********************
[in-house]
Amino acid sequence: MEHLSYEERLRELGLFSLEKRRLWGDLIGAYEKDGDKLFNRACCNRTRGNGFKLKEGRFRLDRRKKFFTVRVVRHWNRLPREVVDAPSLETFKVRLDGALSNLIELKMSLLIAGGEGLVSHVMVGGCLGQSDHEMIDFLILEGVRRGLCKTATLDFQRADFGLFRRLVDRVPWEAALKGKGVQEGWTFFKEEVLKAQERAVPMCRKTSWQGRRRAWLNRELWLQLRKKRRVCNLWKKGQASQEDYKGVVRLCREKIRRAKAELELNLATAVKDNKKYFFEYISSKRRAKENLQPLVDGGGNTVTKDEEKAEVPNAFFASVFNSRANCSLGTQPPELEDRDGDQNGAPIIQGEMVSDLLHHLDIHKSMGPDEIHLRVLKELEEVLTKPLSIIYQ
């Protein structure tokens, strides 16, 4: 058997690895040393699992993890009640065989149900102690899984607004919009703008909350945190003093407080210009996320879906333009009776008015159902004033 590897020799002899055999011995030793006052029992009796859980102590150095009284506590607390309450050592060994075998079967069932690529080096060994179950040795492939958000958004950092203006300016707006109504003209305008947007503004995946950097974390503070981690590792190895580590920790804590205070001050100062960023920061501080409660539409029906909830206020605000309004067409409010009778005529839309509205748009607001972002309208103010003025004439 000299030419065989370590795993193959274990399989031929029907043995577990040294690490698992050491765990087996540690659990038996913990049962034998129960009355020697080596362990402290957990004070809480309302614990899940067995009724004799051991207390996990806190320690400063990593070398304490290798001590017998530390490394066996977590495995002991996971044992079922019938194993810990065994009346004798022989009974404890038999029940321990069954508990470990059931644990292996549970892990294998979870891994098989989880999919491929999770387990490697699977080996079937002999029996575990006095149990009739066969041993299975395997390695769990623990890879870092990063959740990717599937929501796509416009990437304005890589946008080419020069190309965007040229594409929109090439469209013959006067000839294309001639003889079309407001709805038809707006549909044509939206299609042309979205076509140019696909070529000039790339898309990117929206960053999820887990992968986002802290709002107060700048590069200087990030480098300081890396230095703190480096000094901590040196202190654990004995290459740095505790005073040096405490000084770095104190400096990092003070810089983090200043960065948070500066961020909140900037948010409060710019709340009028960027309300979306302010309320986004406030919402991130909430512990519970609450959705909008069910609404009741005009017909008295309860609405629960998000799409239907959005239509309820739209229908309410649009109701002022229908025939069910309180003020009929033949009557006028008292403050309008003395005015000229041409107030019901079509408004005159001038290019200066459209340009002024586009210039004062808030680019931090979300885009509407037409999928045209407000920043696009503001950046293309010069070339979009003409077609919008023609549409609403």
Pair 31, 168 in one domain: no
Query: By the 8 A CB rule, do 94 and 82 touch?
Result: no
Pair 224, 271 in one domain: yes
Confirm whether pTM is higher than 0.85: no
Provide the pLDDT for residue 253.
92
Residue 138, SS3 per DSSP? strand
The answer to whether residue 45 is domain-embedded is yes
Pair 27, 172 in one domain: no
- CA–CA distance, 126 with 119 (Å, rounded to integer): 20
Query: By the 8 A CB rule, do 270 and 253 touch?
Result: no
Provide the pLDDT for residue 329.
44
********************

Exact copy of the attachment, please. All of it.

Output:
[in-house]
Amino acid sequence: MEHLSYEERLRELGLFSLEKRRLWGDLIGAYEKDGDKLFNRACCNRTRGNGFKLKEGRFRLDRRKKFFTVRVVRHWNRLPREVVDAPSLETFKVRLDGALSNLIELKMSLLIAGGEGLVSHVMVGGCLGQSDHEMIDFLILEGVRRGLCKTATLDFQRADFGLFRRLVDRVPWEAALKGKGVQEGWTFFKEEVLKAQERAVPMCRKTSWQGRRRAWLNRELWLQLRKKRRVCNLWKKGQASQEDYKGVVRLCREKIRRAKAELELNLATAVKDNKKYFFEYISSKRRAKENLQPLVDGGGNTVTKDEEKAEVPNAFFASVFNSRANCSLGTQPPELEDRDGDQNGAPIIQGEMVSDLLHHLDIHKSMGPDEIHLRVLKELEEVLTKPLSIIYQ
């Protein structure tokens, strides 16, 4: 058997690895040393699992993890009640065989149900102690899984607004919009703008909350945190003093407080210009996320879906333009009776008015159902004033 590897020799002899055999011995030793006052029992009796859980102590150095009284506590607390309450050592060994075998079967069932690529080096060994179950040795492939958000958004950092203006300016707006109504003209305008947007503004995946950097974390503070981690590792190895580590920790804590205070001050100062960023920061501080409660539409029906909830206020605000309004067409409010009778005529839309509205748009607001972002309208103010003025004439 000299030419065989370590795993193959274990399989031929029907043995577990040294690490698992050491765990087996540690659990038996913990049962034998129960009355020697080596362990402290957990004070809480309302614990899940067995009724004799051991207390996990806190320690400063990593070398304490290798001590017998530390490394066996977590495995002991996971044992079922019938194993810990065994009346004798022989009974404890038999029940321990069954508990470990059931644990292996549970892990294998979870891994098989989880999919491929999770387990490697699977080996079937002999029996575990006095149990009739066969041993299975395997390695769990623990890879870092990063959740990717599937929501796509416009990437304005890589946008080419020069190309965007040229594409929109090439469209013959006067000839294309001639003889079309407001709805038809707006549909044509939206299609042309979205076509140019696909070529000039790339898309990117929206960053999820887990992968986002802290709002107060700048590069200087990030480098300081890396230095703190480096000094901590040196202190654990004995290459740095505790005073040096405490000084770095104190400096990092003070810089983090200043960065948070500066961020909140900037948010409060710019709340009028960027309300979306302010309320986004406030919402991130909430512990519970609450959705909008069910609404009741005009017909008295309860609405629960998000799409239907959005239509309820739209229908309410649009109701002022229908025939069910309180003020009929033949009557006028008292403050309008003395005015000229041409107030019901079509408004005159001038290019200066459209340009002024586009210039004062808030680019931090979300885009509407037409999928045209407000920043696009503001950046293309010069070339979009003409077609919008023609549409609403």
Pair 31, 168 in one domain: no
Query: By the 8 A CB rule, do 94 and 82 touch?
Result: no
Pair 224, 271 in one domain: yes
Confirm whether pTM is higher than 0.85: no
Provide the pLDDT for residue 253.
92
Residue 138, SS3 per DSSP? strand
The answer to whether residue 45 is domain-embedded is yes
Pair 27, 172 in one domain: no
- CA–CA distance, 126 with 119 (Å, rounded to integer): 20
Query: By the 8 A CB rule, do 270 and 253 touch?
Result: no
Provide the pLDDT for residue 329.
44